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In case of the solution of Schrödinger equation in particle in a box we find that the probability of finding the particle at the middle of the box is always zero (for $n$ even) and the probability distribution has a node there.

Say initially the wave function is a superposition of all even-$n$ states. So we have a finite probability to find the particle on each side of the box but not at the middle therefore if I measure the particles position now and find it at the right side then after long time if I take another measurement and find the particle on the left side, I can't say that it has passed to the left side in the meantime because at the middle the particle can never be found.

So, my question is

  1. How can I find the particle on both sides but not at the middle, as if it is found to be present at both sides at two instances, it must pass through the centre?
  2. If this is not the case then what is the description of a particle in quantum mechanics? I mean which properties should a physical quantity have to be called a particle?
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marked as duplicate by John Rennie quantum-mechanics Oct 2 '17 at 15:19

This question has been asked before and already has an answer. If those answers do not fully address your question, please ask a new question.

  • $\begingroup$ The solution for the lowest energy state $\psi_1(x)\sim \sin(\pi x/L)$ for a well extending between $0$ and $L$. The probability density at $x=L/2$ is actually maximum, not $0$. More generally, $\psi_{n}(x)\sim \sin(n\pi x/L)$ will be max at $x=L/2$ every time $n$ is odd. The probability density is thus maximal at $x=L/2$ whenever $n$ is odd, although the density can also reach the maximal value at other points. In any case, it is certainly not $0$ at $x=L/2$ when $n$ is odd. $\endgroup$ – ZeroTheHero Oct 1 '17 at 16:17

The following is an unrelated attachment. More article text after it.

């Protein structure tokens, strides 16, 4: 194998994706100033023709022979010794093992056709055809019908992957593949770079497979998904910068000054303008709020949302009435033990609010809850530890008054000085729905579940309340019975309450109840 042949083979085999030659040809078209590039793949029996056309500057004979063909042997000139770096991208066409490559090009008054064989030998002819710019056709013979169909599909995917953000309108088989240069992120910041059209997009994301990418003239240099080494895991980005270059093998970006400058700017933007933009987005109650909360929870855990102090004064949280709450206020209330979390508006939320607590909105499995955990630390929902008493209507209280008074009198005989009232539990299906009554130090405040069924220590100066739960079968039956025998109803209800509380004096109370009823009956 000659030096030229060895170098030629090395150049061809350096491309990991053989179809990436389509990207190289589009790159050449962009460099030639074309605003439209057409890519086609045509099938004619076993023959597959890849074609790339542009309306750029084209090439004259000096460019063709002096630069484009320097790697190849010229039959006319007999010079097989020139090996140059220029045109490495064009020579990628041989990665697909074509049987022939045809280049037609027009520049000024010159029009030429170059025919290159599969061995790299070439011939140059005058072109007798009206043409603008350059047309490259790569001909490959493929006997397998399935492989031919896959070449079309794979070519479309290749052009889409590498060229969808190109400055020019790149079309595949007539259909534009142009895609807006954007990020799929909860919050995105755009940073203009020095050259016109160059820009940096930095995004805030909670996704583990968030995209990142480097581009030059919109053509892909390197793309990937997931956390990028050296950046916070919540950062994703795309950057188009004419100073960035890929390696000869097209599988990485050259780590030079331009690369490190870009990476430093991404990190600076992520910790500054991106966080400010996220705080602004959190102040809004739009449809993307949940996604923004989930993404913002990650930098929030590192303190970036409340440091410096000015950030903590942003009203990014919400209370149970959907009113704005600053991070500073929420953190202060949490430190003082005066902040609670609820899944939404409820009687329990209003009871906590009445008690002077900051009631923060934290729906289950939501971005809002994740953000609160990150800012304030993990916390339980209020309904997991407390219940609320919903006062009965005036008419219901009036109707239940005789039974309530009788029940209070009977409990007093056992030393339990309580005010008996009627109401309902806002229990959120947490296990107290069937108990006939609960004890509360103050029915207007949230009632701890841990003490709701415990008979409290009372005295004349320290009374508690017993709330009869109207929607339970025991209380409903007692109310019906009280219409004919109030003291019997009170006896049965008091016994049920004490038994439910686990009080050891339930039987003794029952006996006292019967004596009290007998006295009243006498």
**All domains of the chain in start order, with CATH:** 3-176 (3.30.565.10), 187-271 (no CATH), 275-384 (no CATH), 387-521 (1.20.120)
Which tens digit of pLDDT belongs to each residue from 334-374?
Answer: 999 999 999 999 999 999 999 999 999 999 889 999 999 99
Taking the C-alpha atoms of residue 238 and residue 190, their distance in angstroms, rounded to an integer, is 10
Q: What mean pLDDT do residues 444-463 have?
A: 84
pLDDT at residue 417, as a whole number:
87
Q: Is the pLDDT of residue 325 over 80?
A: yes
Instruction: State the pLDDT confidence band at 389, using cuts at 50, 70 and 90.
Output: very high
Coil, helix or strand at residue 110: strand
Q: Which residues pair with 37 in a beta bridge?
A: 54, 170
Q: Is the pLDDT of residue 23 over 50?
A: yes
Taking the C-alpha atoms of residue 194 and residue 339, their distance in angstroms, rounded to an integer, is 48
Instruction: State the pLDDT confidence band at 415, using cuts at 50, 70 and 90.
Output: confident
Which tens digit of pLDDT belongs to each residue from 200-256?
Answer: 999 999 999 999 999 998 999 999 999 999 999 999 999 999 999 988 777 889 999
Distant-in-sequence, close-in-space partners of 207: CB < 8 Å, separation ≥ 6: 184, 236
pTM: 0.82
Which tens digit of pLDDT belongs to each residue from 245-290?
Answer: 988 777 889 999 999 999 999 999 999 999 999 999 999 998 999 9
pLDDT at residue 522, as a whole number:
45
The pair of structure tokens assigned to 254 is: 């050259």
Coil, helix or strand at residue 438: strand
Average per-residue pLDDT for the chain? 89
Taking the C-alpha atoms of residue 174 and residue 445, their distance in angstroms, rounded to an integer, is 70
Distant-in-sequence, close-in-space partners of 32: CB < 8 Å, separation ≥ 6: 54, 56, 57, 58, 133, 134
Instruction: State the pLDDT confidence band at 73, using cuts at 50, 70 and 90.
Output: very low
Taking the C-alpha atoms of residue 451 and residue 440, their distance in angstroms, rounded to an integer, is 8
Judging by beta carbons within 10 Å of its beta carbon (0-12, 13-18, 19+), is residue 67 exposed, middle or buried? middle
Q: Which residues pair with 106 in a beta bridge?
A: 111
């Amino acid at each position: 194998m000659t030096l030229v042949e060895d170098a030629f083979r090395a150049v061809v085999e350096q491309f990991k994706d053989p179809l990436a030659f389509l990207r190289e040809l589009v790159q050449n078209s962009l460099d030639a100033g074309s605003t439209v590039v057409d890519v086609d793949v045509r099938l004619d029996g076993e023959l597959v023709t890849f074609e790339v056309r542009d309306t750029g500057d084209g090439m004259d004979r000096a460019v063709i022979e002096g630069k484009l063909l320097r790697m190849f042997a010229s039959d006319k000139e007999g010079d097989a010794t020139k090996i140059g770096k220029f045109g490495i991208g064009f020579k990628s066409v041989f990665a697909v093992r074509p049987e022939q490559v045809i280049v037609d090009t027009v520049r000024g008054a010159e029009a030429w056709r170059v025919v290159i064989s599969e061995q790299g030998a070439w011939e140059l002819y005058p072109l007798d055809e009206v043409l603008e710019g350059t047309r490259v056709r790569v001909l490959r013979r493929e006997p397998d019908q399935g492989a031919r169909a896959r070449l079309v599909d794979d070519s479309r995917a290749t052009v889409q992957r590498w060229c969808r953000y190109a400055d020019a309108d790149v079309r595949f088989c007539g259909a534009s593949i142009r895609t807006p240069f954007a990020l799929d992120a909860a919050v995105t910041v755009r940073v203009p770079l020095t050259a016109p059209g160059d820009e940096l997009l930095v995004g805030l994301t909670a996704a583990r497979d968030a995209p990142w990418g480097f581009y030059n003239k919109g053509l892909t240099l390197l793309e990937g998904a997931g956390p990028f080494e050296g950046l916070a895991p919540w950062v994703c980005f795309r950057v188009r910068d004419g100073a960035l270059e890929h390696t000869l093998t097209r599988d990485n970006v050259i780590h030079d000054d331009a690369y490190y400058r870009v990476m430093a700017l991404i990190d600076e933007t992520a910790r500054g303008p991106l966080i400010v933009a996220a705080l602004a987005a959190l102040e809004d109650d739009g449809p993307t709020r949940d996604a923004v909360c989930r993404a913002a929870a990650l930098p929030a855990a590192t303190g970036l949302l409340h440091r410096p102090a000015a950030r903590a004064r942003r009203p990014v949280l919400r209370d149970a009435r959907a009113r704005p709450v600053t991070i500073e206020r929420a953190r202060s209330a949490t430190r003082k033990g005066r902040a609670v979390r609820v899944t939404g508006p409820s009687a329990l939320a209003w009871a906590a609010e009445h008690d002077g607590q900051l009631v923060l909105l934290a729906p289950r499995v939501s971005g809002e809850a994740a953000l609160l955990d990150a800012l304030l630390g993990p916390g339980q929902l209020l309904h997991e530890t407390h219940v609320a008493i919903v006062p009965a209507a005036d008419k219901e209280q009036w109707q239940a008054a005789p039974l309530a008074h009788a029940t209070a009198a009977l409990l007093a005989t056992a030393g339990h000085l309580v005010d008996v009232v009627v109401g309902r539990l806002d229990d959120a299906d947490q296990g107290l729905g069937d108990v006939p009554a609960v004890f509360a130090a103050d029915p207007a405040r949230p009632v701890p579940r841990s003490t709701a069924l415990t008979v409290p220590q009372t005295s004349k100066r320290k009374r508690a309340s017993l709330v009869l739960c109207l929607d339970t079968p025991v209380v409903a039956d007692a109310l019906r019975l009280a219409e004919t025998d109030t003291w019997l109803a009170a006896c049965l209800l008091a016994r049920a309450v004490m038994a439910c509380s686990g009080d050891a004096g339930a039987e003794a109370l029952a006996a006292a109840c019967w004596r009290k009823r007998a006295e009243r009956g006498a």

• $\begingroup$ I've edited my question,completely overlooked that $\endgroup$ – user157588 Oct 1 '17 at 16:21
  • $\begingroup$ You don't want to say "even" states either since the solutions are not even or odd w/r to the transformation $x\to -x$ (unless you choose to make your potential from $-L$ to $L$, which is not standard.) $\endgroup$ – ZeroTheHero Oct 1 '17 at 16:27
  • $\begingroup$ By even i mean n=2,4,6.... $\endgroup$ – user157588 Oct 2 '17 at 14:19
  • $\begingroup$ You might want to clarify as such in your question. $\endgroup$ – ZeroTheHero Oct 2 '17 at 14:53